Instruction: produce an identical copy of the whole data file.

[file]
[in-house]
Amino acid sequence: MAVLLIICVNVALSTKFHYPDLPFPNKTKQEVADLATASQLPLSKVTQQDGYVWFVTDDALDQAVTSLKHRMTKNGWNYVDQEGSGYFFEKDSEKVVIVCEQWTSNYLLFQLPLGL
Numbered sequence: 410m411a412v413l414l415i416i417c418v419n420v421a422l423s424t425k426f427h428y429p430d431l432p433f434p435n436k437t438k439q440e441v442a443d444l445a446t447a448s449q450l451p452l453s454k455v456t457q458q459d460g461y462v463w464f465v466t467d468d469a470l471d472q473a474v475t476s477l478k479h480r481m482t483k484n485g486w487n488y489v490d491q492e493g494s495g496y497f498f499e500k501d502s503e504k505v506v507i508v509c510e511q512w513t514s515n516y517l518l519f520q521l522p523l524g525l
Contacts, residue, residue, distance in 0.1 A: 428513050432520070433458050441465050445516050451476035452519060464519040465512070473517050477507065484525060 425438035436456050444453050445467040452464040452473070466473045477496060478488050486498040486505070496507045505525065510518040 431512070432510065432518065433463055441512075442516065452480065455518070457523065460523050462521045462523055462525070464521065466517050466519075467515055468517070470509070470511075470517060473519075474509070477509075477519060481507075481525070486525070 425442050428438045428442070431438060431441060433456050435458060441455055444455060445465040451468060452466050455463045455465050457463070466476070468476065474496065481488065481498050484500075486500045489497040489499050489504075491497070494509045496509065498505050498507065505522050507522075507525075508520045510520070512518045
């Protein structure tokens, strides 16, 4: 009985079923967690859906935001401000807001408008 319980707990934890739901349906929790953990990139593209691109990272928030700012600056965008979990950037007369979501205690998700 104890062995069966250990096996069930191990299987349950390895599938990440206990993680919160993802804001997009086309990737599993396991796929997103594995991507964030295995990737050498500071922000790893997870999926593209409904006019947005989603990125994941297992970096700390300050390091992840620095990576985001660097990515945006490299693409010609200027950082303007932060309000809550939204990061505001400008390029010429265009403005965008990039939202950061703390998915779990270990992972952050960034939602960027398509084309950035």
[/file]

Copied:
[in-house]
Amino acid sequence: MAVLLIICVNVALSTKFHYPDLPFPNKTKQEVADLATASQLPLSKVTQQDGYVWFVTDDALDQAVTSLKHRMTKNGWNYVDQEGSGYFFEKDSEKVVIVCEQWTSNYLLFQLPLGL
Numbered sequence: 410m411a412v413l414l415i416i417c418v419n420v421a422l423s424t425k426f427h428y429p430d431l432p433f434p435n436k437t438k439q440e441v442a443d444l445a446t447a448s449q450l451p452l453s454k455v456t457q458q459d460g461y462v463w464f465v466t467d468d469a470l471d472q473a474v475t476s477l478k479h480r481m482t483k484n485g486w487n488y489v490d491q492e493g494s495g496y497f498f499e500k501d502s503e504k505v506v507i508v509c510e511q512w513t514s515n516y517l518l519f520q521l522p523l524g525l
Contacts, residue, residue, distance in 0.1 A: 428513050432520070433458050441465050445516050451476035452519060464519040465512070473517050477507065484525060 425438035436456050444453050445467040452464040452473070466473045477496060478488050486498040486505070496507045505525065510518040 431512070432510065432518065433463055441512075442516065452480065455518070457523065460523050462521045462523055462525070464521065466517050466519075467515055468517070470509070470511075470517060473519075474509070477509075477519060481507075481525070486525070 425442050428438045428442070431438060431441060433456050435458060441455055444455060445465040451468060452466050455463045455465050457463070466476070468476065474496065481488065481498050484500075486500045489497040489499050489504075491497070494509045496509065498505050498507065505522050507522075507525075508520045510520070512518045
């Protein structure tokens, strides 16, 4: 009985079923967690859906935001401000807001408008 319980707990934890739901349906929790953990990139593209691109990272928030700012600056965008979990950037007369979501205690998700 104890062995069966250990096996069930191990299987349950390895599938990440206990993680919160993802804001997009086309990737599993396991796929997103594995991507964030295995990737050498500071922000790893997870999926593209409904006019947005989603990125994941297992970096700390300050390091992840620095990576985001660097990515945006490299693409010609200027950082303007932060309000809550939204990061505001400008390029010429265009403005965008990039939202950061703390998915779990270990992972952050960034939602960027398509084309950035």